The PM reported that the PF’s actions in descending below the cleared level were not challenged, as this was the first time that the PM had flown this approach.
The crew underwent a training session in the B777 simulator to replicate the event and to identify how the error was able to manifest. The training also represented an opportunity to reinforce the use of the various modes for the approach phase.
The RNAV approaches are regularly treated as step down approaches by controllers. The RNAV approaches were designed to reduce pilot and controller workload, however, they regularly increase the pilot workload and increase the opportunity for crew errors. It is also not uncommon to be taken off an RNAV path, given radar vectors then put back on the RNAV at some point in the RNAV path sequence which also increases pilot workload.
A number of ATSB investigations have examined occurrences that included altitude deviations in flight path involving foreign crew operating within Australia. Of these, two recent examples are summarised below. Full reports are available at the ATSB website.
ATSB investigation AO-2017-026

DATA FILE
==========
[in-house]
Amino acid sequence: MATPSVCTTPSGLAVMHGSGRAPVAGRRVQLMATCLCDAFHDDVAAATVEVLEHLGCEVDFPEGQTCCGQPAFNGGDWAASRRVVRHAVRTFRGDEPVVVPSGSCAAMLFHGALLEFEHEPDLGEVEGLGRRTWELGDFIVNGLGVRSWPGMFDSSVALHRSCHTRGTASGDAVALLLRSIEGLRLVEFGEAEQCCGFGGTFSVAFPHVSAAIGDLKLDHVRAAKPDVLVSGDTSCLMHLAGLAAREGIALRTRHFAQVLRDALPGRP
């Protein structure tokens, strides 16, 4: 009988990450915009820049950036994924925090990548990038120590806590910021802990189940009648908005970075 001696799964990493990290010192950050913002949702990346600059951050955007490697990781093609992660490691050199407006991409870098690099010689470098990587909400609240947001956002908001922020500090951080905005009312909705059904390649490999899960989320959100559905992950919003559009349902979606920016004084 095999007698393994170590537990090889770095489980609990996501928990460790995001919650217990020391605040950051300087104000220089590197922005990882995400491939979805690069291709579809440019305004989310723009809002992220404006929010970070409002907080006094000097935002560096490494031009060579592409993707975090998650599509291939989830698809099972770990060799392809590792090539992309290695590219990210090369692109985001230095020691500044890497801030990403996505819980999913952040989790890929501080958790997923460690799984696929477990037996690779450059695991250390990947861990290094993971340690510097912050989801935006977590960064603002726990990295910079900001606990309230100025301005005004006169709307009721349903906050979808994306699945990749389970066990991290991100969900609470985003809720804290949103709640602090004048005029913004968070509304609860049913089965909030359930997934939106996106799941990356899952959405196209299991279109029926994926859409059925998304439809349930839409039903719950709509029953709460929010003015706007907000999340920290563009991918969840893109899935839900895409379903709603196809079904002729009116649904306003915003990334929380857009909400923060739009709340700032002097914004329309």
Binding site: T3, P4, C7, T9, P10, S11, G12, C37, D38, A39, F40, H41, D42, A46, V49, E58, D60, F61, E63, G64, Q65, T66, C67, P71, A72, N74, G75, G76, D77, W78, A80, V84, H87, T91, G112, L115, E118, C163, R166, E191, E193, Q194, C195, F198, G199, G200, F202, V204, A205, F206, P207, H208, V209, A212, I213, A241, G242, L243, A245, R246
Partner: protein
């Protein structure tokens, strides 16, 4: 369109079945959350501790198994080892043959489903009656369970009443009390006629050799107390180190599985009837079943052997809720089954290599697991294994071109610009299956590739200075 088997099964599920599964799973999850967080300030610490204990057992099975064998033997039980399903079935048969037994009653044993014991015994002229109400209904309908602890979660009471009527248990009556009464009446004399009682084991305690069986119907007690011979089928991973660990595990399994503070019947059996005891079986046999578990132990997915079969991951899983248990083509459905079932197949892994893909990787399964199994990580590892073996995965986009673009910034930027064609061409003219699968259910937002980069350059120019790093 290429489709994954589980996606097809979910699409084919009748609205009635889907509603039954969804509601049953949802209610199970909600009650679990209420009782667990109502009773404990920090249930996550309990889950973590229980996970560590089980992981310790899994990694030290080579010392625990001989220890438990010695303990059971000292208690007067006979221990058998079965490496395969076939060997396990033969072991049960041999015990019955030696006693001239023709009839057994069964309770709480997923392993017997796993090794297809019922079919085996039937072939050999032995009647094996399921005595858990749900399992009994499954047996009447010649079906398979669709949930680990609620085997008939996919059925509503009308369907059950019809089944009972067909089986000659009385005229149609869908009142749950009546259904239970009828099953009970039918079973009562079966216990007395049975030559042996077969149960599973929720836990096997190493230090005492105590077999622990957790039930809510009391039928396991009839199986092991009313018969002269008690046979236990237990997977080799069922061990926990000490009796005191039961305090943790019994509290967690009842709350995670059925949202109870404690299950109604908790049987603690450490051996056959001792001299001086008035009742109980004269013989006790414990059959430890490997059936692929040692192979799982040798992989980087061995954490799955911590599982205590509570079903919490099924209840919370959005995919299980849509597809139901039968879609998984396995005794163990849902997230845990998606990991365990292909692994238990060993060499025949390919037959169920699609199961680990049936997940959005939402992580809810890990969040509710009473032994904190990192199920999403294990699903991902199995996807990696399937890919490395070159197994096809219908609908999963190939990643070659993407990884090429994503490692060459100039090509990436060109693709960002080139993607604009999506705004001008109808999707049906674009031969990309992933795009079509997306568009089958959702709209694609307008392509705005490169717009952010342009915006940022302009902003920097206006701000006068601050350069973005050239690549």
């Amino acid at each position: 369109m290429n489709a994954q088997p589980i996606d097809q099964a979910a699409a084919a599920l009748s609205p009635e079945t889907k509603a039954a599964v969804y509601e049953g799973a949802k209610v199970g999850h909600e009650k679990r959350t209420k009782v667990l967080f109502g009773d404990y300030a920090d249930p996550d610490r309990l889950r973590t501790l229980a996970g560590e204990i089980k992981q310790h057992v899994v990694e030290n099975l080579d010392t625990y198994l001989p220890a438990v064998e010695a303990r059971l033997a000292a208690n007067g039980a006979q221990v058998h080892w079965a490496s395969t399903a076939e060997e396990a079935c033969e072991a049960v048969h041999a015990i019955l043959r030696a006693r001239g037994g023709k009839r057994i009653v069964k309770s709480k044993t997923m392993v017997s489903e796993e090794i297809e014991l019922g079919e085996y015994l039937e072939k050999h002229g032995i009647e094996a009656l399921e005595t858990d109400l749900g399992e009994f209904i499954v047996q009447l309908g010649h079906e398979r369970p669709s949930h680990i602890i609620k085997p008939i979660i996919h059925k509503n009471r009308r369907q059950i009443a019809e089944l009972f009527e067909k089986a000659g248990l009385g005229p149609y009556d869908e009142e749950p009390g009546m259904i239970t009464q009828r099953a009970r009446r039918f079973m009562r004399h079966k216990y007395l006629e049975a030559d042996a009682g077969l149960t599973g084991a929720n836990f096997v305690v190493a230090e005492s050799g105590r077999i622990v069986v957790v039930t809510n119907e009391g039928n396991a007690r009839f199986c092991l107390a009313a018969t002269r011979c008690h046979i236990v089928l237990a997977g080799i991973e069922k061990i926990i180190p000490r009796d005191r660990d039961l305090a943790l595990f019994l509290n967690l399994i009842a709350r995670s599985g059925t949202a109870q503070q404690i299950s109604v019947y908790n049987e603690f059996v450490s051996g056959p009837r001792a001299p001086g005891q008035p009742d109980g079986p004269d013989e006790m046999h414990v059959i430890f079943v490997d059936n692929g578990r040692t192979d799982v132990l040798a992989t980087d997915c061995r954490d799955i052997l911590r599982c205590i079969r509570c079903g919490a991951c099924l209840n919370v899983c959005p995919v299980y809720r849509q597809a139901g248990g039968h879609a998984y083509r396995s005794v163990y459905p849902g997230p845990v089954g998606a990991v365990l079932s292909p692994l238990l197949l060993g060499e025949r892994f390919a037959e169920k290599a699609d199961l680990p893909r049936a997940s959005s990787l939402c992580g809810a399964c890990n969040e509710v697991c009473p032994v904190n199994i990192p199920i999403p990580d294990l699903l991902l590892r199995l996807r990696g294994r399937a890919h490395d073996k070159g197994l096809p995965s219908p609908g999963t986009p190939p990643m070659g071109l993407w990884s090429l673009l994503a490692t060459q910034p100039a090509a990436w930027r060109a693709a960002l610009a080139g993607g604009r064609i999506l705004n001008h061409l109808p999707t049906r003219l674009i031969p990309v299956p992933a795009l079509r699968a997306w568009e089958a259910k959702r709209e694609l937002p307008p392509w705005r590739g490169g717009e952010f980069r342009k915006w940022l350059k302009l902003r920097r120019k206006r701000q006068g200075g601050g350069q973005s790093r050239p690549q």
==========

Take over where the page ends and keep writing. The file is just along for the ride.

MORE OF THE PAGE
On the morning of 22 February 2017, a Singapore Airlines Boeing 777-212, from Singapore Changi Airport, Singapore, to Canberra Airport, Australian Capital Territory, was conducting a standard arrival into Canberra when it descended through an altitude constraint associated with the arrival procedure. The error was the result of FMC entry omissions and the flight crew not identifying the relevant altitude limitation.
ATSB investigation AO-2016-012
During a second approach into Perth Airport, Western Australia, an Airbus A320 aircraft operated by PT Indonesia AirAsia was conducting a VOR approach to runway 06 when the flight crew descended the aircraft earlier than normal, but believed that they were on the correct flight path profile. While descending, both flight crew became concerned that they could not visually identify the runway, and focused their attention outside the aircraft. At about that time, the approach controller received a ‘below minimum safe altitude’ warning for the aircraft. The controller alerted the crew of their low altitude and instructed them to conduct a go-around.